With their existing energy platform seeing real adoption and steady growth in Germany, in my opinion, this alone would be enough to justify their current market cap. However, I can see their second layer solution for enterprise being a really big deal in the future as protocol coins tend to accrue more value than utility tokens. As a versatile L2 solution for Ethereum, LIT gets the best of both worlds - adoption and network effects from Ethereum by helping it to scale as well as accruing value from the wide range of enterprise use cases which can be built on top of Lition. At just $8 million dollars in market cap, it seems to me that their work-in-progress L2 enterprise solution has not been priced in. However, due to a lack of hype and marketing right now, I don’t see LIT exploding in the short term. Rather, I can see it slowly outperforming ETH and climbing up the CMC rankings throughout this bullrun, much like Chainlink did in the bear market. Their building and partnerships over marketing strategy also reminds me when I held Chainlink back in 2018 when Sergey was busy building out the project rather than blowing their ICO money on marketing a bunch of vaporware like so many other projects. Personally, I can see LIT becoming a top 100 project (not top 10) as it isn’t the first of an important new type of project like Chainlink was/is but it is an L2 protocol with unique advantages and selling points over other existing L2 projects which scatter the top 20-200 range. This would put the market cap at just under $120 million dollars which is a 15x from here. This is of course a valuation which assumes that the total crypto market cap remains where it is right now at just under $400 billion dollars. However, if BTC makes it to 100K and Ethereum gets to $5K then that is another 10x from here which compounds on any LIT/BTC or LIT/ETH ratio gains. In this scenario, a top 100 project would be worth around $1BILLION DOLLARS by market cap which is over 100x from here and probably even more if ETH hits 10K and Bitcoin dominance falls back down to the 30% range or below towards the end of the bullrun. Disclaimer, the above figures are a theoretical best case scenario and are far from financial advice. They are my moonshot estimates which assumes all goes well for the project and the wider crypto space. Website: https://www.lition.io/ CoinGecko: https://www.coingecko.com/en/coins/lition Medium: https://medium.com/lition-blog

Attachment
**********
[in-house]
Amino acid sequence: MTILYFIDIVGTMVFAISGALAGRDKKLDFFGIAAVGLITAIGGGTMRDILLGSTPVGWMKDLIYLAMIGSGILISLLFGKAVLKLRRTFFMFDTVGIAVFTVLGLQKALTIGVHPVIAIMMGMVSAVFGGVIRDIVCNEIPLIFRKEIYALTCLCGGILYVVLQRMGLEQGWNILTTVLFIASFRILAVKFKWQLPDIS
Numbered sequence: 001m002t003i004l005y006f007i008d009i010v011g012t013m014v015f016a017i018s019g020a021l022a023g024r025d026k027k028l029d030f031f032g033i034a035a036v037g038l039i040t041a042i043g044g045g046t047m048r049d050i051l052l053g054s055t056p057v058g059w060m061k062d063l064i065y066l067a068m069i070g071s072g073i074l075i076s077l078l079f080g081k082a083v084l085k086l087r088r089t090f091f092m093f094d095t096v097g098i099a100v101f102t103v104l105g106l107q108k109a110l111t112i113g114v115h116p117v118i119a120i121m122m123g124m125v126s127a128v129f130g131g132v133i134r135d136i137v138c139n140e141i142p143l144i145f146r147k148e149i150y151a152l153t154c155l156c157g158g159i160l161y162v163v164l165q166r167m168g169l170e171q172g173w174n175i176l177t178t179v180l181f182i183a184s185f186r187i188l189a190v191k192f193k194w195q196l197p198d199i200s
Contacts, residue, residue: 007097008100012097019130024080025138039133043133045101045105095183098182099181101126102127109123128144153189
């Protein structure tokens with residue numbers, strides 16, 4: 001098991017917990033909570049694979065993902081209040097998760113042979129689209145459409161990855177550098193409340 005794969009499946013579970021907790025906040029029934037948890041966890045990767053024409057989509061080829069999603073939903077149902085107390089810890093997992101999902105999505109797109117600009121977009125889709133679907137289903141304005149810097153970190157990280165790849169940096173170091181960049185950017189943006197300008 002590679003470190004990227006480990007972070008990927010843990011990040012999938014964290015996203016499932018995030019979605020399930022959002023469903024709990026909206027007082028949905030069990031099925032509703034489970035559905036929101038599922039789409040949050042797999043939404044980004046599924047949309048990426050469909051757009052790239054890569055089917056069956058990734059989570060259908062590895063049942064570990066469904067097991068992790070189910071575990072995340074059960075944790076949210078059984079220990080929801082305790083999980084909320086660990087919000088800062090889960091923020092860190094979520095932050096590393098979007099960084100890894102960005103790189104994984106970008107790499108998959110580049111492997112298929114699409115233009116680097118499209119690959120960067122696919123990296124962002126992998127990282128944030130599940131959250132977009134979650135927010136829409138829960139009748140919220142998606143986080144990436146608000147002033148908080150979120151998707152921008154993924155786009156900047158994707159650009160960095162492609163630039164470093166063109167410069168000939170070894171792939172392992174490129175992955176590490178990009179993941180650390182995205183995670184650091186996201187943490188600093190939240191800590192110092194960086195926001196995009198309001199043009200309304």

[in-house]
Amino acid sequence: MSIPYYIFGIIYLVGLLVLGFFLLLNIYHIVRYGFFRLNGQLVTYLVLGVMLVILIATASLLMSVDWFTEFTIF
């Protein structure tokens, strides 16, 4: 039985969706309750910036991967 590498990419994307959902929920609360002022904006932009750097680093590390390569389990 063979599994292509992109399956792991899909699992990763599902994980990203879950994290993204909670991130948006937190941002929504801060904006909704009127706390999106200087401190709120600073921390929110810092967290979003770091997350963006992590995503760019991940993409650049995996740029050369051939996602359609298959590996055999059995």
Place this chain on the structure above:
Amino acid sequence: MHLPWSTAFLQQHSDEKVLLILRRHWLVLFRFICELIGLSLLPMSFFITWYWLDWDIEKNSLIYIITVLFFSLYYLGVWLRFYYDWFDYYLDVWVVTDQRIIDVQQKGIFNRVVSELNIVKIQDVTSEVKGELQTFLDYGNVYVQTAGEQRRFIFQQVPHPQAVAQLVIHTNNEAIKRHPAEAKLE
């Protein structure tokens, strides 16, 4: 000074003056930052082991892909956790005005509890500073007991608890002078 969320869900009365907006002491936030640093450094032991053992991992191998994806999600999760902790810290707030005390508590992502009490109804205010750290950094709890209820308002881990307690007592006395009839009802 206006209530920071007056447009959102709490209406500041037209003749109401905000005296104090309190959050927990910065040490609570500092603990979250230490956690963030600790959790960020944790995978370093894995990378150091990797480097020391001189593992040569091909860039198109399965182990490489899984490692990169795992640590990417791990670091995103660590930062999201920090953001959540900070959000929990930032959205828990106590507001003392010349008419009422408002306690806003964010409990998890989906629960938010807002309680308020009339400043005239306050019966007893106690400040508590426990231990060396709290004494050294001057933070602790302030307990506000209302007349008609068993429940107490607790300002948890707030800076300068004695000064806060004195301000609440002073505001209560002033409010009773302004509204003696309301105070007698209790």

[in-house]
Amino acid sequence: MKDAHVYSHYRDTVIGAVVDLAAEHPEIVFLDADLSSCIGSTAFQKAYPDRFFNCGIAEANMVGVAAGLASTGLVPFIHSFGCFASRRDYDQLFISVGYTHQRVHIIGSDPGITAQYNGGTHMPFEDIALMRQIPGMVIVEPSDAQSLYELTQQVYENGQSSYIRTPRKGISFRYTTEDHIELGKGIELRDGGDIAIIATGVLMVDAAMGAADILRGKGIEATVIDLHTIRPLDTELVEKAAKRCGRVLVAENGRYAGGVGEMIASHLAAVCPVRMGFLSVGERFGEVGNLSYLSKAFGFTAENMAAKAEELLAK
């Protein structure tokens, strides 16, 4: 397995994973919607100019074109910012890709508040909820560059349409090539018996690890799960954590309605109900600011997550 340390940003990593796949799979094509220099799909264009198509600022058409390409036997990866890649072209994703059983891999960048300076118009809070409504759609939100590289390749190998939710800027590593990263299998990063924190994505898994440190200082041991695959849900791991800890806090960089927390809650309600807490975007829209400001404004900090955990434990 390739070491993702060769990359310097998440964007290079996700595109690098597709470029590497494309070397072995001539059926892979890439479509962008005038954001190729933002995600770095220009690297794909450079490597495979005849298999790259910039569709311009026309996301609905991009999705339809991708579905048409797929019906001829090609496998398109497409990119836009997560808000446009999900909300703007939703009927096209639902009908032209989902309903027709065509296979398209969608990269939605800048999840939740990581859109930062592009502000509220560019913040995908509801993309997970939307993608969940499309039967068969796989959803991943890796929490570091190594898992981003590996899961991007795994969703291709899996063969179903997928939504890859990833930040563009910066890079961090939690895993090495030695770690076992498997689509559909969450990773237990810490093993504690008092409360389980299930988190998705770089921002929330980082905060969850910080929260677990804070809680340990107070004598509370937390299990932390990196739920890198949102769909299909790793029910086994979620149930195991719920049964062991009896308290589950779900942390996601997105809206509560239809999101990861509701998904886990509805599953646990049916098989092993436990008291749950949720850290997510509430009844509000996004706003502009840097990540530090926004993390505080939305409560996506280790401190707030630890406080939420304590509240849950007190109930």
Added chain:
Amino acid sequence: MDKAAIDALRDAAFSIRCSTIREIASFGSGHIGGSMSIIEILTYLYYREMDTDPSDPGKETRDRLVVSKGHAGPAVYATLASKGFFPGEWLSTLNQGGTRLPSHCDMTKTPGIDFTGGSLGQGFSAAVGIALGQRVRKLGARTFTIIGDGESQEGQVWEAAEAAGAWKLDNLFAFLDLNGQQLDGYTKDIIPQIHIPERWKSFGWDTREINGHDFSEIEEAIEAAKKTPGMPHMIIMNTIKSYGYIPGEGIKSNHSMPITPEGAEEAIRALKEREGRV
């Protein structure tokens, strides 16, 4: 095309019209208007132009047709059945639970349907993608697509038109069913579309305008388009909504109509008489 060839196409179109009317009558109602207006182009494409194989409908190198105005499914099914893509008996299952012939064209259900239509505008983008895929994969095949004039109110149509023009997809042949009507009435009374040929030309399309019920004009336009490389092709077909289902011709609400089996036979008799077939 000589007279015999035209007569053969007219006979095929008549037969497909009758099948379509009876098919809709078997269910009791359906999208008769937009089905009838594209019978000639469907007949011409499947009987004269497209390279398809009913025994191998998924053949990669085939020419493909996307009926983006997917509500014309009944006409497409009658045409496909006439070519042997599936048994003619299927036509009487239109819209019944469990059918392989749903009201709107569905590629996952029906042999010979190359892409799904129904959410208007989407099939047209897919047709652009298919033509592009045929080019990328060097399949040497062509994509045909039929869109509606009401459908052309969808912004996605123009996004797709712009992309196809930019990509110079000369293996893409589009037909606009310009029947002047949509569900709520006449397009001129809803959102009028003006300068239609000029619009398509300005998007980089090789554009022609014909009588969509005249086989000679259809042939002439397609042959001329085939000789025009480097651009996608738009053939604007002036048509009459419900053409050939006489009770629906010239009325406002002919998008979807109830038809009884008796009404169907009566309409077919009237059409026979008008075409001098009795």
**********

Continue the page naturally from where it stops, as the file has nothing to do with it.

TL;DR: LIT has current real world use which is consistently growing with their P2P energy trading platform and has huge potential with their new L2 protocol for enterprise due to its unique features. They have a close partnership with SAP and are also partnered with Microsoft. Currently around #400 on CMC, my target is for LIT to be top 100 by the end of the bullrun. Edit: Sorry 4chan, I didn't mean to shill one of your FUDed coins. Lit is a shitcoin scam, ignore this post.
This is a follow-up on https://old.reddit.com/Bitcoin/comments/hqzp14/technical_the_path_to_taproot_activation/ Taproot! Everybody wants it!! But... you might ask yourself: sure, everybody else wants it, but why would I, sovereign Bitcoin HODLer, want it? Surely I can be better than everybody else because I swapped XXX fiat for Bitcoin unlike all those nocoiners? And it is important for you to know the reasons why you, o sovereign Bitcoiner, would want Taproot activated. After all, your nodes (or the nodes your wallets use, which if you are SPV, you hopefully can pester to your wallet vendoimplementor about) need to be upgraded in order for Taproot activation to actually succeed instead of becoming a hot sticky mess. First, let's consider some principles of Bitcoin.
You the HODLer should be the one who controls where your money goes. Your keys, your coins.
You the HODLer should be able to coordinate and make contracts with other people regarding your funds.
You the HODLer should be able to do the above without anyone watching over your shoulder and judging you.
I'm sure most of us here would agree that the above are very important principles of Bitcoin and that these are principles we would not be willing to remove. If anything, we would want those principles strengthened (especially the last one, financial privacy, which current Bitcoin is only sporadically strong with: you can get privacy, it just requires effort to do so). So, how does Taproot affect those principles?
Taproot and Your /Coins